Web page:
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Frontier Natural Products, Whole Caraway Seed, 16 oz (453 g)

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In Stock
  • Expiration Date: Jul 2019
  • Shipping Weight: 1.24 lbs (0.56 kg)
  • Product Code: FRO-00109
  • UPC Code: 089836001092
  • Package Quantity: 16 oz (453 g)
  • Dimensions: 8.5 x 1.25 x 8.875 in, 1.05 lbs (0.48 kg)
  • Note: Korean Customs will quarantine and inspect this item before final shipment to the customer. Please be advised that ordering this item could cause delivery delays

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Product Overview


  • Carum Carvi
  • Kosher

One of the modern world's most widely used seeds, caraway has probably been cultivated and consumed in Europe longer than any other spice. Enjoy its distinctive taste in breads, biscuits and cookies, or in salads and other vegetable dishes.

Caraway is a member of the parsley family, belonging to the genus Carum, and the species carvi. A hardy biennial that self-sows, the Caraway plant is sparsely leafed and hollow with branching flower stems, and dainty, white flowers. The fleshy root, which tastes somewhat like carrots, is yellowish on the outside and whitish on the inside. The tiny, curved seed--which is actually one-half piece of the fruit of the plant--is brown and hard. Archeologists know that caraway seeds date way back--they found the tiny seeds in a pile of 5,000 year-old debris left by primitive Mesolithic lake dwellers in Switzerland. More evidence of its longevity is written; it's in Dioscorides' Ebers papyrus of 1552 BC, as well as a 12th century German medical book and a 14th century English cookbook.

Medieval cooks--who used the leaves, root and seed--found caraway an easy way to add flavor and zest to plain food, and caraway seed cake was traditional feast fare of the farmers. A time-honored ingredient in love potions, caraway was reputed to have power against evil, as well. In Elizabethan times, caraway seeds were served with roasted apples. They were also popular additions to other baked fruits and cakes and were commonly sprinkled on buttered bread at tea. American colonists are among many who chewed the seeds to freshen the breath after meals. The pleasantly sharp aroma of caraway seed is reminiscent of dill, and its warm, sweet, biting flavor is a bit like a blend of dill and anise. It's found in kitchens throughout the world. (By the way, the roots and leaves can be used fresh--the long, slender roots are sometimes boiled as a vegetable and the leaves--which taste like the seeds, but are more subtle--are used sparingly in salads, cauliflower, cream soups, and cabbage and potato dishes.) Italian street vendors sell hot chestnuts that have been boiled in caraway seeds, and the Germans make a popular kummel liqueur that includes caraway, cumin, and anise. It's also used in "comfits"--sweet candies made of sugarcoated seeds, designed to be eaten after meals. The traditional cuisines of a number of other European countries--like Austria, England, and the Netherlands--have long included it in their fare.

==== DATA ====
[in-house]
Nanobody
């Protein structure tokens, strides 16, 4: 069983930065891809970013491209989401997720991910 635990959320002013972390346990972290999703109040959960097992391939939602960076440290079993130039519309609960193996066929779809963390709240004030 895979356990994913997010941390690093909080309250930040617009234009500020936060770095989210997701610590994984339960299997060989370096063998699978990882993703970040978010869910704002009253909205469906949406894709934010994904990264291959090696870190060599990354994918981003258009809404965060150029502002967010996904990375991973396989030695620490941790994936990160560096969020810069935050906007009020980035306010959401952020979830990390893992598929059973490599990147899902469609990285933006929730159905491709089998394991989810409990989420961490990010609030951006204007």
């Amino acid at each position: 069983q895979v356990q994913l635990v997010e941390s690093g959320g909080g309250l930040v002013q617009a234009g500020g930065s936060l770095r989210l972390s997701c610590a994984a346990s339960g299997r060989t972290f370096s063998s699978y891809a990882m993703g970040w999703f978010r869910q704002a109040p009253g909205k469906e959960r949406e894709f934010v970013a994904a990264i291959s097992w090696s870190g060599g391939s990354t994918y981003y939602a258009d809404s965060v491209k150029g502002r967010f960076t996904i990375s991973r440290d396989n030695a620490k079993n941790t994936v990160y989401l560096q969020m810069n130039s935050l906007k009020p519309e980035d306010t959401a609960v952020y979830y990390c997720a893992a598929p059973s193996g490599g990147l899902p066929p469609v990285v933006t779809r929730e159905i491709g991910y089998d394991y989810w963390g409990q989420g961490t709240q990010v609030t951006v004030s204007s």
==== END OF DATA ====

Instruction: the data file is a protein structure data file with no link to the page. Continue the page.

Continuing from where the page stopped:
Suggested Use

Rye bread lovers are familiar with caraway, but it's also delicious in biscuits and crackers, spiced seed cake, candies, cookies, cheese, pickles, apple dishes like pie and applesauce, noodle dishes, and herb butters. Try caraway seed in creamy soups and sauces and with a variety of vegetables--like beets, potatoes, cauliflower, carrots, green beans, cucumber salads, asparagus and creamed onions. Caraway lightens the flavor of heavy meats and is often sprinkled on mutton, roast pork, liver, lamb and stew meat before cooking.



iHerb Customer Reviews


Posted by 4882608384852433674 on Dec 19, 2016

This seed is earthy n pungent n my opinion. Perfumy. I luv the fragrance. I tried the seed along n its a bit strong. I luv how the flavor comes thru. i suppose a lil bit goes a long way.

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Didn't help with my indigestion issues

Posted by 5678398560790254654 on Sep 26, 2016

After reading up on caraway seeds and how they aid indigestion, I thought I would give it a try. It didn't work in that respect. The seeds are hard to chew as a snack, but they make a flavourful tea. The huge bag of seeds for the price was very value for money.

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Caraway seeds

Posted by 4751031626862130202 on Feb 13, 2014

First for most that was a steel purchase, a small jar of caraway seeds at the grocery store is about $4.00, I take a small handful of caraway seeds on daily basis to help with intestinal health, so that was a great bargain for me. Thank you

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Exactly what I was looking for

Posted by 4866104534830285535 on Nov 19, 2013

Very aromatic. I was looking to make rye bread and was surprised at how hard it was to find Caraway in our grocery store on a regular basis. So glad I found this. Much cheaper to buy in bulk too.

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Perfect in Baked Bread

Posted by debbiet on Jul 28, 2012

I love caraway seeds, and use them mostly for baked whole grain bread, but I also love adding them to other savory and sweet recipes, like muffins, cabbage, pork, and my coconut caraway pancakes! The price is right at iHerb too!

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